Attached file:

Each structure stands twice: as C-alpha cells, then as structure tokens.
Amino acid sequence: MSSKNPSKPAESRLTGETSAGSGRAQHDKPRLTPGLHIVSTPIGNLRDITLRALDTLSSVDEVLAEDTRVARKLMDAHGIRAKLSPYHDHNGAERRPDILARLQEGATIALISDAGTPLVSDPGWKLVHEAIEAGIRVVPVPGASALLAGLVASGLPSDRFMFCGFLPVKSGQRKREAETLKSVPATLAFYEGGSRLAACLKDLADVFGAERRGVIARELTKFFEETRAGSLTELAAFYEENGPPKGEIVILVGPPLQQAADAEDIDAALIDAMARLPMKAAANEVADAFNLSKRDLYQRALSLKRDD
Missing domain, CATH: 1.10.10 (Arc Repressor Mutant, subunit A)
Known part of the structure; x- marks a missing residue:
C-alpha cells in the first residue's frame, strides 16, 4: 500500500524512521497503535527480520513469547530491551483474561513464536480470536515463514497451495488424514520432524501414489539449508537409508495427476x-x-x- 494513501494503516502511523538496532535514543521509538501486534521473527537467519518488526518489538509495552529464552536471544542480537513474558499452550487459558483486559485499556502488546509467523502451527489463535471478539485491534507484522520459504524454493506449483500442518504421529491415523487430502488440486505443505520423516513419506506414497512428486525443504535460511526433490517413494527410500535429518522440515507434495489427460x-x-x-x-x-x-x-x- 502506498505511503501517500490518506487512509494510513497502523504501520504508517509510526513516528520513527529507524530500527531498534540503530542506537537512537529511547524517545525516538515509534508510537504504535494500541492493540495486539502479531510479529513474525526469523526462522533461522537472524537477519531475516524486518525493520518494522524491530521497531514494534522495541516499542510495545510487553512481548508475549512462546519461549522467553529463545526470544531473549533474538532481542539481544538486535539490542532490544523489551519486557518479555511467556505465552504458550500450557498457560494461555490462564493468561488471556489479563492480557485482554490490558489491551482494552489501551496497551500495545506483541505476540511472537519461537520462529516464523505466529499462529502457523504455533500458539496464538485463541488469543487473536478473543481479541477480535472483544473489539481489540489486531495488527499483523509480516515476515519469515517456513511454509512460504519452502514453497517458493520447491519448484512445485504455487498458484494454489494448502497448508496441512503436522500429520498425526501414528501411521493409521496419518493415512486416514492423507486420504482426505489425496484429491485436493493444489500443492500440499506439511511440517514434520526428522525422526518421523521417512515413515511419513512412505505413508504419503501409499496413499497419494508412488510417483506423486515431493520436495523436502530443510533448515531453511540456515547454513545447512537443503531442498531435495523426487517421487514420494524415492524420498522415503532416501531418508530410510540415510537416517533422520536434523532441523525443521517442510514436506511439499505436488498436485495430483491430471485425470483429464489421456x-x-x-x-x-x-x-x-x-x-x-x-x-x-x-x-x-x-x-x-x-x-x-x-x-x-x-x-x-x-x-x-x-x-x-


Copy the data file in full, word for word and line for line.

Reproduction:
Each structure stands twice: as C-alpha cells, then as structure tokens.
Amino acid sequence: MSSKNPSKPAESRLTGETSAGSGRAQHDKPRLTPGLHIVSTPIGNLRDITLRALDTLSSVDEVLAEDTRVARKLMDAHGIRAKLSPYHDHNGAERRPDILARLQEGATIALISDAGTPLVSDPGWKLVHEAIEAGIRVVPVPGASALLAGLVASGLPSDRFMFCGFLPVKSGQRKREAETLKSVPATLAFYEGGSRLAACLKDLADVFGAERRGVIARELTKFFEETRAGSLTELAAFYEENGPPKGEIVILVGPPLQQAADAEDIDAALIDAMARLPMKAAANEVADAFNLSKRDLYQRALSLKRDD
Missing domain, CATH: 1.10.10 (Arc Repressor Mutant, subunit A)
Known part of the structure; x- marks a missing residue:
C-alpha cells in the first residue's frame, strides 16, 4: 500500500524512521497503535527480520513469547530491551483474561513464536480470536515463514497451495488424514520432524501414489539449508537409508495427476x-x-x- 494513501494503516502511523538496532535514543521509538501486534521473527537467519518488526518489538509495552529464552536471544542480537513474558499452550487459558483486559485499556502488546509467523502451527489463535471478539485491534507484522520459504524454493506449483500442518504421529491415523487430502488440486505443505520423516513419506506414497512428486525443504535460511526433490517413494527410500535429518522440515507434495489427460x-x-x-x-x-x-x-x- 502506498505511503501517500490518506487512509494510513497502523504501520504508517509510526513516528520513527529507524530500527531498534540503530542506537537512537529511547524517545525516538515509534508510537504504535494500541492493540495486539502479531510479529513474525526469523526462522533461522537472524537477519531475516524486518525493520518494522524491530521497531514494534522495541516499542510495545510487553512481548508475549512462546519461549522467553529463545526470544531473549533474538532481542539481544538486535539490542532490544523489551519486557518479555511467556505465552504458550500450557498457560494461555490462564493468561488471556489479563492480557485482554490490558489491551482494552489501551496497551500495545506483541505476540511472537519461537520462529516464523505466529499462529502457523504455533500458539496464538485463541488469543487473536478473543481479541477480535472483544473489539481489540489486531495488527499483523509480516515476515519469515517456513511454509512460504519452502514453497517458493520447491519448484512445485504455487498458484494454489494448502497448508496441512503436522500429520498425526501414528501411521493409521496419518493415512486416514492423507486420504482426505489425496484429491485436493493444489500443492500440499506439511511440517514434520526428522525422526518421523521417512515413515511419513512412505505413508504419503501409499496413499497419494508412488510417483506423486515431493520436495523436502530443510533448515531453511540456515547454513545447512537443503531442498531435495523426487517421487514420494524415492524420498522415503532416501531418508530410510540415510537416517533422520536434523532441523525443521517442510514436506511439499505436488498436485495430483491430471485425470483429464489421456x-x-x-x-x-x-x-x-x-x-x-x-x-x-x-x-x-x-x-x-x-x-x-x-x-x-x-x-x-x-x-x-x-x-x-